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May 5, 2015 6:30 EDT

Crowdfunding PR Offers Crowdfunding for Universities, Colleges and Trade Schools that Want to Fund Co-Working Spaces, Incubators and Accelerators with Equity Crowdfunding Ecosystems

iCrowdNewswire - May 5, 2015

Running just ten successful $100,000 rewards-based campaigns per month with a 5% site commission fee would generate $600,000 per year in gross revenue that could be used to fund school projects

Austin, Texas Crowdfunding PR announced at the South by Southwest (SXSW) that the firm has rolled out a new crowdfunding consulting service for universities and colleges nationwide that want to setup an equity- or rewards-based crowdfunding site to help finance entrepreneurship centers, co-working spaces, incubator mentorship programs and accelerator seed stage investment funds.


Universities, colleges and trade schools can benefit from:


Rewards-Based Crowdfunding

Following a similar business model used by Kickstarter and IndieGoGo, schools or a small group of enterprising students can now setup their own rewards-based crowdfunding site and use it to generate revenue by collecting crowdfunding site commissions from crowdfunding campaigns that are launched by students, faculty members and/or local startup businesses.


Running just ten successful $100,000 rewards-based campaigns per month with a 5% site commission fee would generate $600,000 per year in gross revenue that could be used to fund a wide variety of school projects such as co-working spaces, incubators, and accelerator programs.


Equity-Based Crowdfunding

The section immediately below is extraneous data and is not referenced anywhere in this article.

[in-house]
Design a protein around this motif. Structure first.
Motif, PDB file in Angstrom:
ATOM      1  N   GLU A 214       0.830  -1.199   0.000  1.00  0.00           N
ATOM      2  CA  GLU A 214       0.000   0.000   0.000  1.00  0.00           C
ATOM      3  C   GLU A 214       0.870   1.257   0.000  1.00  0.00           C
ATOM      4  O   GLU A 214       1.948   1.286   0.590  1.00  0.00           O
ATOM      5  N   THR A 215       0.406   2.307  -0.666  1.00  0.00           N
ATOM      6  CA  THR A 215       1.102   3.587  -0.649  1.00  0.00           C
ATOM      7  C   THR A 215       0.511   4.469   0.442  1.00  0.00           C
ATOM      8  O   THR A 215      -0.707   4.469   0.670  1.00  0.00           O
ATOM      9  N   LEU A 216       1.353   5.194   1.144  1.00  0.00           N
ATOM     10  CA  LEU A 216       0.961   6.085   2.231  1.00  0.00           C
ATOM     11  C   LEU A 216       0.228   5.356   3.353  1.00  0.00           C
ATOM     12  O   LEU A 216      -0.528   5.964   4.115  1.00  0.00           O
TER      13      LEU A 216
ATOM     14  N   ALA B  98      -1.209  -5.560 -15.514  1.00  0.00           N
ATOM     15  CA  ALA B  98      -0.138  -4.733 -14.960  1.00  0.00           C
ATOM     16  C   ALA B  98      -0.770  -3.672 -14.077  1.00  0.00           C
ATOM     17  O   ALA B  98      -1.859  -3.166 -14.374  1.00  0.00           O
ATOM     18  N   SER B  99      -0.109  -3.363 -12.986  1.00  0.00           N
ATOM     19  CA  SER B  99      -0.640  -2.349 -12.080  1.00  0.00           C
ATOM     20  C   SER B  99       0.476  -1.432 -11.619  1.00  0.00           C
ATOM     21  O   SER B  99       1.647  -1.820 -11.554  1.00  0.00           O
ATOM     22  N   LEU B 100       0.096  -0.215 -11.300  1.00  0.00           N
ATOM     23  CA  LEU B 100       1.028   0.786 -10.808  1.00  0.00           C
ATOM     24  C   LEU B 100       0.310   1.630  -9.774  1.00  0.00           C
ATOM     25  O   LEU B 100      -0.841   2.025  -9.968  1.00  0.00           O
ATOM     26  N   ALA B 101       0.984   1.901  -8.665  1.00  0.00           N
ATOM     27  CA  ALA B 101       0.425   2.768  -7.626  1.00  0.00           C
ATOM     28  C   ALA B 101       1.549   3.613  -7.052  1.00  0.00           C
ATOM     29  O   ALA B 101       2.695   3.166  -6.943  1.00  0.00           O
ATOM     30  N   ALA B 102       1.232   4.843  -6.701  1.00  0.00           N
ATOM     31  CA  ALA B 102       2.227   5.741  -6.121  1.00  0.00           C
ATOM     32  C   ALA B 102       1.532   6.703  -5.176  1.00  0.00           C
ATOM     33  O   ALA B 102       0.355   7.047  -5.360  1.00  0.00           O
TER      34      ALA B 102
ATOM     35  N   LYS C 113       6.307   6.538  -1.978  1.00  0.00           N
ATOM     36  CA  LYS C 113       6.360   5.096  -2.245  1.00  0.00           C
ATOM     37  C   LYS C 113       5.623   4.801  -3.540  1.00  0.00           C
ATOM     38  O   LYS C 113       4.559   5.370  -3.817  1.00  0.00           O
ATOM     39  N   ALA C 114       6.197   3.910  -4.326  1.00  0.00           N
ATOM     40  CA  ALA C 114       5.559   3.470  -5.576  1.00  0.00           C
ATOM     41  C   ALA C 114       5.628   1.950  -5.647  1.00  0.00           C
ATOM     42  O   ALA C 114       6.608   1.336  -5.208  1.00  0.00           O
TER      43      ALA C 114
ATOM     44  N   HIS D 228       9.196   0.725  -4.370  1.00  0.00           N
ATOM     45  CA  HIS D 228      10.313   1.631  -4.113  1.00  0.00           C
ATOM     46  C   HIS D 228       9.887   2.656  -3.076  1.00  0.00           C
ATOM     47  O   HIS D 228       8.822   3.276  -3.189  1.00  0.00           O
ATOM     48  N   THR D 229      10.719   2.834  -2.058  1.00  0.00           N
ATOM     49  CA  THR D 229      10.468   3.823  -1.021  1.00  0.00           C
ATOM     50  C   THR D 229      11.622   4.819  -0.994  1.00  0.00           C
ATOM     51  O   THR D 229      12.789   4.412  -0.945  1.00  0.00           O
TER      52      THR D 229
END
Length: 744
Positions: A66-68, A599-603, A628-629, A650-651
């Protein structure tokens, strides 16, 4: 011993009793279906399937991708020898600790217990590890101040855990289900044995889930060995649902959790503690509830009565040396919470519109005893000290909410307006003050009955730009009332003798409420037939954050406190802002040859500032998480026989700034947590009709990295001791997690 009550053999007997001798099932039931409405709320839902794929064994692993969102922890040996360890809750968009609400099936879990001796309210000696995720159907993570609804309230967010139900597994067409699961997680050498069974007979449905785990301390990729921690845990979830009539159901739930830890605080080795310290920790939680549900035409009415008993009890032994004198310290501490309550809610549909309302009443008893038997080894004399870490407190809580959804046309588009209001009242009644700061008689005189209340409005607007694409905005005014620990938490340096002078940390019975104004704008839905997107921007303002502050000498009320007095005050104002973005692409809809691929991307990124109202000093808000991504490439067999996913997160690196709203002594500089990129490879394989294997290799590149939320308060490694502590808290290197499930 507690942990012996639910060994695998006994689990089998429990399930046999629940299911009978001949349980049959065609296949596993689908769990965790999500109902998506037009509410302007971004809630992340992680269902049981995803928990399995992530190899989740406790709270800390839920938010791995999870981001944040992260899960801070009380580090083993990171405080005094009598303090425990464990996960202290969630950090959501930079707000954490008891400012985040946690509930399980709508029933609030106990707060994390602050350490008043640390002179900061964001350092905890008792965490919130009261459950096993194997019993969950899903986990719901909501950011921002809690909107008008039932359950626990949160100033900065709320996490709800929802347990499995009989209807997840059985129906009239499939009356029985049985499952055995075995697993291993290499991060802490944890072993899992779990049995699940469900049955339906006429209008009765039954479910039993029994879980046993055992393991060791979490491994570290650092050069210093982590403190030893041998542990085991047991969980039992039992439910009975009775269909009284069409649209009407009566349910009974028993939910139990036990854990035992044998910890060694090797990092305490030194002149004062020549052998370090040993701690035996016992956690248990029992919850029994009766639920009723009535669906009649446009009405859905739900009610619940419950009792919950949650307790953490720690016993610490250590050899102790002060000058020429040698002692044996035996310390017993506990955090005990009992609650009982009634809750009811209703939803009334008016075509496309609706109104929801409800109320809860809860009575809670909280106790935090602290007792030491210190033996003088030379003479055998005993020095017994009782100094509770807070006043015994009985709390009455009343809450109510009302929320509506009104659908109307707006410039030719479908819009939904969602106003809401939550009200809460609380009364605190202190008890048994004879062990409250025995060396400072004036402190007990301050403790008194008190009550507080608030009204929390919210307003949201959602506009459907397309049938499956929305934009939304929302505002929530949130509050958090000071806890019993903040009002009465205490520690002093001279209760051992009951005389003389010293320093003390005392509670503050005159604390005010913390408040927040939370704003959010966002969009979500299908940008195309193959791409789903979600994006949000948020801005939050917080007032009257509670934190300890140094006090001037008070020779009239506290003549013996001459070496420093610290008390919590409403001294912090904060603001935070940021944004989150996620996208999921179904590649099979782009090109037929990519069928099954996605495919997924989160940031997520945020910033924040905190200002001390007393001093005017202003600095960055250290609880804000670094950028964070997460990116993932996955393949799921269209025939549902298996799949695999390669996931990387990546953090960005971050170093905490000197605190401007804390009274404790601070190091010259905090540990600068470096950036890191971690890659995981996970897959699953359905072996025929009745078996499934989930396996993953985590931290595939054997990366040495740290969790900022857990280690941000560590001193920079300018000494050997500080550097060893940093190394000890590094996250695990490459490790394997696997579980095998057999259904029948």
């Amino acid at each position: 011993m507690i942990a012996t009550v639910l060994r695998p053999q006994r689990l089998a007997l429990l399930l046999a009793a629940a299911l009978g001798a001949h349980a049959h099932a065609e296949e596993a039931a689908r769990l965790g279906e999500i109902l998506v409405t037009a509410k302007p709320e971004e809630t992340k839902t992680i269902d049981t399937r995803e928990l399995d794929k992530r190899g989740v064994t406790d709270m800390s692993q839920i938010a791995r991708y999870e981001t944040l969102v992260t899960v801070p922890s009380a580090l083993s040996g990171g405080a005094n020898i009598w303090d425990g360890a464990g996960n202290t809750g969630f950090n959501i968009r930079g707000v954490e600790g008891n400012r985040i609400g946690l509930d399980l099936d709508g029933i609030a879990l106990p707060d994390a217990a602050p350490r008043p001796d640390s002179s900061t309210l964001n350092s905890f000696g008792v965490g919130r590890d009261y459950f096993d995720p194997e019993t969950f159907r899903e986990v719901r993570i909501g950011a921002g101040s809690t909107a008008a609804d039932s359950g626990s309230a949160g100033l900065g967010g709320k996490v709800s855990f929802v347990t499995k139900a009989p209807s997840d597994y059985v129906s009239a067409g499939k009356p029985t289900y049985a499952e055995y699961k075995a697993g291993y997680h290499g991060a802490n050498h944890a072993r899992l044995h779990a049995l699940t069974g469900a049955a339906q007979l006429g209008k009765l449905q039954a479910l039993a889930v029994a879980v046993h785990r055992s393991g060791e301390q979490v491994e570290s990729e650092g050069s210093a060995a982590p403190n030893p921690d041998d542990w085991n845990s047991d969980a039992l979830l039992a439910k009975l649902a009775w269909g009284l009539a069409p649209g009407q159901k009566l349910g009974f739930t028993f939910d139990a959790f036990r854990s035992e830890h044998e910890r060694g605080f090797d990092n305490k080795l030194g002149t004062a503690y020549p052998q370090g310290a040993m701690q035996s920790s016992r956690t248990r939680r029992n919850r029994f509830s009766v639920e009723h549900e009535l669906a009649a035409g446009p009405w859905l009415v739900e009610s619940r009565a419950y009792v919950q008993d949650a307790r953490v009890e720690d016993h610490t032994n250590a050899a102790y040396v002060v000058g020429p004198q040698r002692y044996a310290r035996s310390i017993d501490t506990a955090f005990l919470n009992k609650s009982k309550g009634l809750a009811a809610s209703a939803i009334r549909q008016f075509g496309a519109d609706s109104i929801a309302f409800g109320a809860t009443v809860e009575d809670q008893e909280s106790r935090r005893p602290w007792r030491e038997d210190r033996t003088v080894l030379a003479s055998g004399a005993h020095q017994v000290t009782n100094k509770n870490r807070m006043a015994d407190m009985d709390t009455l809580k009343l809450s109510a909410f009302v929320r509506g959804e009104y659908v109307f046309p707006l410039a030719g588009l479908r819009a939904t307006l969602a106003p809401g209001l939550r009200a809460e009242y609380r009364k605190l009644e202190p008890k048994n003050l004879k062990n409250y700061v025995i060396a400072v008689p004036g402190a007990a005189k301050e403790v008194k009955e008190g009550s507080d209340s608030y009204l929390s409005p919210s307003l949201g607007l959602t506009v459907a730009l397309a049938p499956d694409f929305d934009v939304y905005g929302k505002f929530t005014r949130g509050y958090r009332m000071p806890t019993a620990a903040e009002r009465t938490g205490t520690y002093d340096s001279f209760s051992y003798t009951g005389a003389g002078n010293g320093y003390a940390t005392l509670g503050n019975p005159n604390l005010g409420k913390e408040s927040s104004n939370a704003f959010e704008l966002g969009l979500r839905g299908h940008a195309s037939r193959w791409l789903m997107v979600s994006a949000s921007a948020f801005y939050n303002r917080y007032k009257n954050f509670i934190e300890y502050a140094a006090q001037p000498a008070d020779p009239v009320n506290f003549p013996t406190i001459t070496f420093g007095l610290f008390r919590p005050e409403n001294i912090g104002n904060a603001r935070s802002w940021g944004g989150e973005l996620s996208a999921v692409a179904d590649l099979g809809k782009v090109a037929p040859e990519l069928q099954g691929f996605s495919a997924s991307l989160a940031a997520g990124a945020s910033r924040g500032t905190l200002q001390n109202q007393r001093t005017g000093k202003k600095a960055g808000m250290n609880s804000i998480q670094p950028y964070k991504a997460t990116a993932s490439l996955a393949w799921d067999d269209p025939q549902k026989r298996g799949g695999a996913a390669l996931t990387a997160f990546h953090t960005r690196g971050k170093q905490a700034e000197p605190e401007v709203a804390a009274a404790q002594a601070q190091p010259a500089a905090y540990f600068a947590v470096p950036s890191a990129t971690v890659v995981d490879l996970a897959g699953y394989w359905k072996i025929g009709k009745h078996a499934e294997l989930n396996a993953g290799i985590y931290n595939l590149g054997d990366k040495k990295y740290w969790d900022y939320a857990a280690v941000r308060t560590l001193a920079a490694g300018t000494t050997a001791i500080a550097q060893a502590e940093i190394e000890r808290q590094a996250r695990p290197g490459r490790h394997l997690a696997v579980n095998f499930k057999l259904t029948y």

If the university sets up an equity crowdfunding site with a broker dealer that is registered with the SEC, the university and its students, faculty, mentors, angel investors and 8.7 million other U.S. accredited investors can all buy equity shares in the university’s promising new startups and earn significant revenue upon exit.


Investment Syndicates

A popular new way for angel investors or accredited investors to invest in startups is to setup an investment syndicate. If and when an investment company is bought out or issues an Initial Public Offering (IPO), the investment syndicate is paid via a carried interest (carry), which is usually around 20% of the gross profit when the exit is made.


Non-Accredited Investors

In fourteen states including Alabama, Georgia, Idaho, Indiana, Kansas, Maine, Maryland, Massachusetts, Michigan, Oregon, Tennessee, Texas, Washington, and Wisconsin, universities and colleges can also raise money by selling equity shares to non-accredited investors. And by the end of 2015 another 16 states will most likely have crowdfunding intrastate exemption legislation signed into law.


In Texas alone there are 20 million non-accredited investors. In all states with pending or legal legislation there are 175.6 million non-accredited investors that may soon be able to invest up to $5,000 per company in equity crowdfunding deals. This will generate a potential pool of $878 billion in seed stage investment capital that will be available to help launch new startup companies.